There are a few things related to birding for which I am very excited. BiF contributor Rob Fergus - The BirdChaser - will soon be visiting his family nearby in my hometown of Nampa, Idaho. We are arranging to meet in person for the first time and do a little birding together. I'm totally stoked for my opportunities to go birding at the Oregon Coast for most of a week in early August. That will be followed immediately by a special quick weekend birding trip to a cool destination I'll have to tell you more about later. Maybe these trips will help me overcome my eBird related deficiencies and get me out of my birding slump.

What else is going on in my non-birding world of late? Well, let's see...Oh, I'm reading "City of Ravens: The Extraordinary History of London, the Tower and its Famous Birds" by Boria Sax during my precious quiet time on the commode. Yeah, you might not want to borrow certain books from me as they have become "bathroom books" (a Seinfeld episode reference there, if you're wondering.) Anyway, the book is an extremely fascinating look at the history, legend and lore, and modern-day politics of the Tower of London ravens. As a huge fan of history and birds, this book is right up my alley, very well written, by an American interestingly enough, and I highly recommend it to like-minded bathroom book readers everywhere.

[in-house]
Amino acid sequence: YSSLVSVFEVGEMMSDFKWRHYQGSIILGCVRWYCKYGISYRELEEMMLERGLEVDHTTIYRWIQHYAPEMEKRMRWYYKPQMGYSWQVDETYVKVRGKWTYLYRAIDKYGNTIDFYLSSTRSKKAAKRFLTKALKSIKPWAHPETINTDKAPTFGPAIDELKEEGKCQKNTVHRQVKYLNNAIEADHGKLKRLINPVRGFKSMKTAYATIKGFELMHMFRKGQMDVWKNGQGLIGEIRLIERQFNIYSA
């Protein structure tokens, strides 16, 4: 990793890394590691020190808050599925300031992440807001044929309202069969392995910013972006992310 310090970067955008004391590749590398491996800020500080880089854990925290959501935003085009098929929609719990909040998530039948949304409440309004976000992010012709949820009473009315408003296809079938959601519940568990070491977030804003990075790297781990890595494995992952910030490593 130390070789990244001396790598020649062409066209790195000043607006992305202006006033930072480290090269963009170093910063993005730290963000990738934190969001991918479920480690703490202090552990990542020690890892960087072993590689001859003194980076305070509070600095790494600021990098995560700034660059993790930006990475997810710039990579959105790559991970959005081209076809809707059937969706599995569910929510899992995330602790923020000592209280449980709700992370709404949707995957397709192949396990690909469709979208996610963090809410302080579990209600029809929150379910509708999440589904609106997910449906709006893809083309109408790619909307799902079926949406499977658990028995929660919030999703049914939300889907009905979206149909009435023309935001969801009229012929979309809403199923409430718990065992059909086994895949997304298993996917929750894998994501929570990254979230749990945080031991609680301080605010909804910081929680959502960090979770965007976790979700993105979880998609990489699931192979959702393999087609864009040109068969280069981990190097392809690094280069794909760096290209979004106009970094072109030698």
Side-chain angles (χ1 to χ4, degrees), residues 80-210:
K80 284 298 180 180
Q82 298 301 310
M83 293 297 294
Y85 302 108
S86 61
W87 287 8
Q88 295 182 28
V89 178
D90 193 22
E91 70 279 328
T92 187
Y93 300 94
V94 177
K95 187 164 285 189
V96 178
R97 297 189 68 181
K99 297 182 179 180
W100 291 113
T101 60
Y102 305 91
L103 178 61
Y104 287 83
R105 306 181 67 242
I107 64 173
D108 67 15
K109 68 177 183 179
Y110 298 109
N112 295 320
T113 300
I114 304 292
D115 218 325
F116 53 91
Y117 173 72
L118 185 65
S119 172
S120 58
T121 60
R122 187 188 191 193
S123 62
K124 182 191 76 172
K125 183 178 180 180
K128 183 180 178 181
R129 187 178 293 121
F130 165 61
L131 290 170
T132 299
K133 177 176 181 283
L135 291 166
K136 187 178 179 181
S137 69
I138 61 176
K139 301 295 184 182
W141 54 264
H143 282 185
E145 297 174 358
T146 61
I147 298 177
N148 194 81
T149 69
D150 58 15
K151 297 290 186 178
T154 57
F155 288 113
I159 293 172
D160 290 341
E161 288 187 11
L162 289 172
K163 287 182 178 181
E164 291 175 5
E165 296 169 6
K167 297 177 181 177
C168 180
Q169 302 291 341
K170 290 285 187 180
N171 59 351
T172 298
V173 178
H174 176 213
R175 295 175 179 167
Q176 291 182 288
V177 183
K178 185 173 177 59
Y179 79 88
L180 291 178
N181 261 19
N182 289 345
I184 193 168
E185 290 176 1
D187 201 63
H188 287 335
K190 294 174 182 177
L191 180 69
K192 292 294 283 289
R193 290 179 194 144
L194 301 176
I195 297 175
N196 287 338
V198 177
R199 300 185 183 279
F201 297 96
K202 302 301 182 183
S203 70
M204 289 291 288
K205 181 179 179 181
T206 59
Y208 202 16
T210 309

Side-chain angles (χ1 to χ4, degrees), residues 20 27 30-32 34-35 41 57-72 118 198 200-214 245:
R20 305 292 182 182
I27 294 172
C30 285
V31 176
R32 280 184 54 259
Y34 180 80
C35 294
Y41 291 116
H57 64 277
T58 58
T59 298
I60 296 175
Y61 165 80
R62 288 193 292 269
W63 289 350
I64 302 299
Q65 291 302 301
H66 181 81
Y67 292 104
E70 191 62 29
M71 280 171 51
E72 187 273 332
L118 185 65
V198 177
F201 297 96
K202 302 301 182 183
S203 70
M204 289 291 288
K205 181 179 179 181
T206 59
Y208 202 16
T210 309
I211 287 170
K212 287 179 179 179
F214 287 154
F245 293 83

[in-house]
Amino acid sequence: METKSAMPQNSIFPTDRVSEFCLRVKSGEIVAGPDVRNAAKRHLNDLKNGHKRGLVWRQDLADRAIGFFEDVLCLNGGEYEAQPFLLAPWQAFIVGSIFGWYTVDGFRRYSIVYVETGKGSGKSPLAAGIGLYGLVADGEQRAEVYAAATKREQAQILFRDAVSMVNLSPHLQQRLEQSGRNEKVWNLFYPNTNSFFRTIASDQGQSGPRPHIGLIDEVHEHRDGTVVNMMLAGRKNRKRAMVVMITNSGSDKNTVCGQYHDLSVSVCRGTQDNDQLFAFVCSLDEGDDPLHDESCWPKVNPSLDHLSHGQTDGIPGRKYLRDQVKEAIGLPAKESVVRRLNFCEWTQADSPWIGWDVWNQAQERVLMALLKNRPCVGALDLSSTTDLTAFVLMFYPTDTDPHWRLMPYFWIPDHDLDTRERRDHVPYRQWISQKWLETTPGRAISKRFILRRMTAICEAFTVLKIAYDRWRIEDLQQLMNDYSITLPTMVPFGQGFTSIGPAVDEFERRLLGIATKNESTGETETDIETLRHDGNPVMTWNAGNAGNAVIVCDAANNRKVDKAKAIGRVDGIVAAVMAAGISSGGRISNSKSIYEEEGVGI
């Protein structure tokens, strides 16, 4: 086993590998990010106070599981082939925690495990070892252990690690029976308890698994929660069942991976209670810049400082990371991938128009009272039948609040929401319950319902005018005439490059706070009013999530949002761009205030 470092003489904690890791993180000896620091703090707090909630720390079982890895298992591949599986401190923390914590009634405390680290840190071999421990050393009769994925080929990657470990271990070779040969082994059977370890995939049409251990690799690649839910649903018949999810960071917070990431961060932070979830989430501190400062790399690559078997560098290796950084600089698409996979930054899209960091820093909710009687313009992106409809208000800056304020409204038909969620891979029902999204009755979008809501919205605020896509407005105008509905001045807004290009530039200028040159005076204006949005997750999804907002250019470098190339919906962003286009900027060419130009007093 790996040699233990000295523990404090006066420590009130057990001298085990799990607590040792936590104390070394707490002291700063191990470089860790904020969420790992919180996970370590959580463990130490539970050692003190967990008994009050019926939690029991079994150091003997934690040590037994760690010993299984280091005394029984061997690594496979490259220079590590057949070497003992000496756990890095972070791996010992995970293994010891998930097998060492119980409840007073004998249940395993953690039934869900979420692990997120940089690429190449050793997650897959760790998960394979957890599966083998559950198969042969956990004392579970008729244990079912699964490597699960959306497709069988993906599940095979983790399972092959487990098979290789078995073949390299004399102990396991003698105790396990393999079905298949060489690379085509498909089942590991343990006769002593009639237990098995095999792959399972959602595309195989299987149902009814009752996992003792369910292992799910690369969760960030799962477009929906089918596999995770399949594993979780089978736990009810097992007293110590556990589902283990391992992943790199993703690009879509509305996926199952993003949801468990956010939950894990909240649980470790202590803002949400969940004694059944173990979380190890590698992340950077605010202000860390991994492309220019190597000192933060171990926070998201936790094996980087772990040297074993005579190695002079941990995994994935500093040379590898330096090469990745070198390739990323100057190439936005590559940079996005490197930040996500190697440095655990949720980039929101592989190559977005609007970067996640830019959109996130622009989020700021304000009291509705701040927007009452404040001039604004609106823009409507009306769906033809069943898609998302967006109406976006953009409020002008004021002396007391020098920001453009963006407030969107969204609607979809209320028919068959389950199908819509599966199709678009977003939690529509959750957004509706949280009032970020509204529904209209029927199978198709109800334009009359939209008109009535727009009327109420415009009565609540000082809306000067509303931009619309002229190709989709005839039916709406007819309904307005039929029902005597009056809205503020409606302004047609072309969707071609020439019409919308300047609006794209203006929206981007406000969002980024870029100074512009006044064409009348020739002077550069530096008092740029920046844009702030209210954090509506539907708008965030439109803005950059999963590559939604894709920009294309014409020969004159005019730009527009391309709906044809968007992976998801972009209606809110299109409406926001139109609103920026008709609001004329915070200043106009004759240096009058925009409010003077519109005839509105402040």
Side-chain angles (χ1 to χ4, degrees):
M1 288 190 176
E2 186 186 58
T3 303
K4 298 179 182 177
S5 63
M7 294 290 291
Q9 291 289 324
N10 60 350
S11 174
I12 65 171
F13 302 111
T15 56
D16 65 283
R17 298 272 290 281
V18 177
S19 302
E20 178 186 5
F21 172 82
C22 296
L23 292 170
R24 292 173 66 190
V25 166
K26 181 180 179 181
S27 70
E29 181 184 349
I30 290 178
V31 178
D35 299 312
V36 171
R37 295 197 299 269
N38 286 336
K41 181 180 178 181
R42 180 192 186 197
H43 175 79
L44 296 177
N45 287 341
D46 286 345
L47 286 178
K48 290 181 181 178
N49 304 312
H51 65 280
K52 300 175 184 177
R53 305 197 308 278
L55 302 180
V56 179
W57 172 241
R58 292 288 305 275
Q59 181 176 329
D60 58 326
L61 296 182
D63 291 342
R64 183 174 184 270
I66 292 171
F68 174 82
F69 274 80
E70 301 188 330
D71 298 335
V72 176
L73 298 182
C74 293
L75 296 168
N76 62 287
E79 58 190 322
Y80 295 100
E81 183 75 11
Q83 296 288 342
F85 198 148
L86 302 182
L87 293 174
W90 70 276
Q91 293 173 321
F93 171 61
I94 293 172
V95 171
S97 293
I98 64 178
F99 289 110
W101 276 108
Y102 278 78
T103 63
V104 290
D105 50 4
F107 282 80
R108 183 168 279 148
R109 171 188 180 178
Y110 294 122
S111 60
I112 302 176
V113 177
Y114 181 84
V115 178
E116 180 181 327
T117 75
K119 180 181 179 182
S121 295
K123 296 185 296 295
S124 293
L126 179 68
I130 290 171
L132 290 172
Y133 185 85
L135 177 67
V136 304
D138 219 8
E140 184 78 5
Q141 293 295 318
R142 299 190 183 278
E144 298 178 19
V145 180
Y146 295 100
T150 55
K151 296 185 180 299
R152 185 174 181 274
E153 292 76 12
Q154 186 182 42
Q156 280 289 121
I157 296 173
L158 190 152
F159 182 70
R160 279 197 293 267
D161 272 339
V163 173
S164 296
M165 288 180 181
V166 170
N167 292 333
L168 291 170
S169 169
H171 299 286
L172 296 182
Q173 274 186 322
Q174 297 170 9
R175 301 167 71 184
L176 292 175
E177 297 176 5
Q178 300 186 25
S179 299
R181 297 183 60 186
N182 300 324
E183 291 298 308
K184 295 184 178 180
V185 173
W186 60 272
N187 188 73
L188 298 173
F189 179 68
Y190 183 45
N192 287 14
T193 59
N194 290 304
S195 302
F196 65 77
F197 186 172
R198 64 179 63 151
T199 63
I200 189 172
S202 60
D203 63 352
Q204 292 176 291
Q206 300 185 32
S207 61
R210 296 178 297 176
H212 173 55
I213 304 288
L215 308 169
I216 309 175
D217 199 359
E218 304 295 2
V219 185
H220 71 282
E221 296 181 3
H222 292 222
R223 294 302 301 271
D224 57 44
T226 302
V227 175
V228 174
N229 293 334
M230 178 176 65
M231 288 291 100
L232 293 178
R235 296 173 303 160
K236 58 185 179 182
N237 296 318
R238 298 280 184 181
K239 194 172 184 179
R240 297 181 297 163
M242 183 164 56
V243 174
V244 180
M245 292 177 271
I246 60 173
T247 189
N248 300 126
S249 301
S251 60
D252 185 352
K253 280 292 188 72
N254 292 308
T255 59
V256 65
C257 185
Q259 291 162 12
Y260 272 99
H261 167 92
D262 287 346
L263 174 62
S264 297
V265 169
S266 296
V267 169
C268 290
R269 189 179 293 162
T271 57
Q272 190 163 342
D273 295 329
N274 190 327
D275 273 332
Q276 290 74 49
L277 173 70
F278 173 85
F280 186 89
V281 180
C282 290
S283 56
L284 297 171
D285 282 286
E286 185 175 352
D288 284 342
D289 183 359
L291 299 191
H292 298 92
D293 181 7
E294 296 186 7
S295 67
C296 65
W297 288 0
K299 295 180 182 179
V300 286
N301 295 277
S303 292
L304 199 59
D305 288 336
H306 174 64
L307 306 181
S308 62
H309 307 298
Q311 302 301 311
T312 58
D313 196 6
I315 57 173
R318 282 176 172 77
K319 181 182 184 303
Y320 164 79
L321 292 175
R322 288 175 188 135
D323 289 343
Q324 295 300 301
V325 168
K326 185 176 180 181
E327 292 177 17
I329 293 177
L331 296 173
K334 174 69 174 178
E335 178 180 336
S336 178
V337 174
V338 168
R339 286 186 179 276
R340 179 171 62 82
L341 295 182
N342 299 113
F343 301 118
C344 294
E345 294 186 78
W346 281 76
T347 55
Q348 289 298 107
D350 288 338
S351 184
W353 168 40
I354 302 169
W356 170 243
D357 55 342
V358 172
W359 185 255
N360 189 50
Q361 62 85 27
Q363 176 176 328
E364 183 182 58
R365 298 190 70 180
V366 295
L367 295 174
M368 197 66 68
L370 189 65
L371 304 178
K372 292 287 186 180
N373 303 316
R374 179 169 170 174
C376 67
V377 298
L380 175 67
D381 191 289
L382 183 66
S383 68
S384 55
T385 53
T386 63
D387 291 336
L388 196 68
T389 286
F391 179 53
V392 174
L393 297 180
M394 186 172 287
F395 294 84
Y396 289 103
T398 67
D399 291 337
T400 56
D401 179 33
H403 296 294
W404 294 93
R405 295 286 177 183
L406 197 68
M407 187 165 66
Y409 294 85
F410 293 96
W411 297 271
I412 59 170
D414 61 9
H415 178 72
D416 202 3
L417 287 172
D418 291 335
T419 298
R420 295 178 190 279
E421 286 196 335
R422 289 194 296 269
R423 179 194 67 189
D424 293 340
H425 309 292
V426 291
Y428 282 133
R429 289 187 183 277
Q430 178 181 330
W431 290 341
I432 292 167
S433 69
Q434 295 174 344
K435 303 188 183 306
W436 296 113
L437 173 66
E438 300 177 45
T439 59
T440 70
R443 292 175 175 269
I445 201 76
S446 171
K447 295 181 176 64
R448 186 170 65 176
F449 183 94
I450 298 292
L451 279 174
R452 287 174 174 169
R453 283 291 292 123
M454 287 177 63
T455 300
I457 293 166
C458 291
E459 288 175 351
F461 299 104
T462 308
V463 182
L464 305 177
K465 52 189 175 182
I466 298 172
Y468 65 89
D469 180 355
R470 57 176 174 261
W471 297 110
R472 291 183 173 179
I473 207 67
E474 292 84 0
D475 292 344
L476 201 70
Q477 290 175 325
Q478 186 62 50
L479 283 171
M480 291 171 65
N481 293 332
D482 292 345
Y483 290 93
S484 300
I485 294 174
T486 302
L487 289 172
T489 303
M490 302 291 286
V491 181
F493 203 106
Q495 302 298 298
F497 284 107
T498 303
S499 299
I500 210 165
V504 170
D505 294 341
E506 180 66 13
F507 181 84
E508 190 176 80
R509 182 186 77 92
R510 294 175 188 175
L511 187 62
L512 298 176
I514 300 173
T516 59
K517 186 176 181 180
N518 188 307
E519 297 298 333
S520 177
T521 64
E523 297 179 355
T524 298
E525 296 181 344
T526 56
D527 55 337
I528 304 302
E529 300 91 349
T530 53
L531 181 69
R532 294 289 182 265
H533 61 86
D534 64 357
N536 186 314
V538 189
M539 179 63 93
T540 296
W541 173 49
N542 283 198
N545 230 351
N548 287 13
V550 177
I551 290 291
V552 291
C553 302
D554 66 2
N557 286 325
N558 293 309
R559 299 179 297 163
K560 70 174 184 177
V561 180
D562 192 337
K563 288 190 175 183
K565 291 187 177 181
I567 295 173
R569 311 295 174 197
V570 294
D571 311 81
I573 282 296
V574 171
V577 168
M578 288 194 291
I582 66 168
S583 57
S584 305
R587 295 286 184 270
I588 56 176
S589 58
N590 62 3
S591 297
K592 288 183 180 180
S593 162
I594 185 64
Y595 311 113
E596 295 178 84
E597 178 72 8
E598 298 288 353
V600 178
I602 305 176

While you may not believe me after these confessions, I still live the mantra: "always be birding". We've had a number of family events in the out of doors recently. I was always noticing the birds and had my Eagle Optic Ranger SRT 8x42's strapped to my chest and I actually used them a few times to look at birds. From my office window, in my parent's house, I have enjoyed watching House Sparrows and House Finches glean insects and grit from the flower beds, Robins and Starlings foraging under the plum tree, and Mourning and Eurasian Collared-doves cooing from the roof-top. I just haven't "gone birding" lately.

On top of all my distractions from birds, I am also very excited for the Olympic Games in London to begin. My mom's example during my childhood has made me an ardent devotee of the Olympics...Oh and Boise State and BYU football start right on the heels of the games. Not to mention the presidential election about to really heat up. Don't know when I'd have time to watch any of these sporting/political events, what with all the birding I'm doing, but oh my, what a wonderful time of year! Maybe I'll get out and see what shorebirds are migrating through...when I get around to it.

All I gotta say is, thank goodness the contributors here at BirdingIsFun.com are so dang good. Their talents have kept this blog alive and have given me some daily vicarious connection to the wonderful world of birding. Haven't their posts since October 1st, 2011 been fantastic?!

17 comments:

  1. Para tudo a uma estação diferente no ano. Esperar pelas migrações de pássaros e o desejo que cheguem bem aos poucos santuários existentes. O urbanismo e os incêndios é o que mais me preocupa. Os animais selvagens padecem com esta erarquia do homem.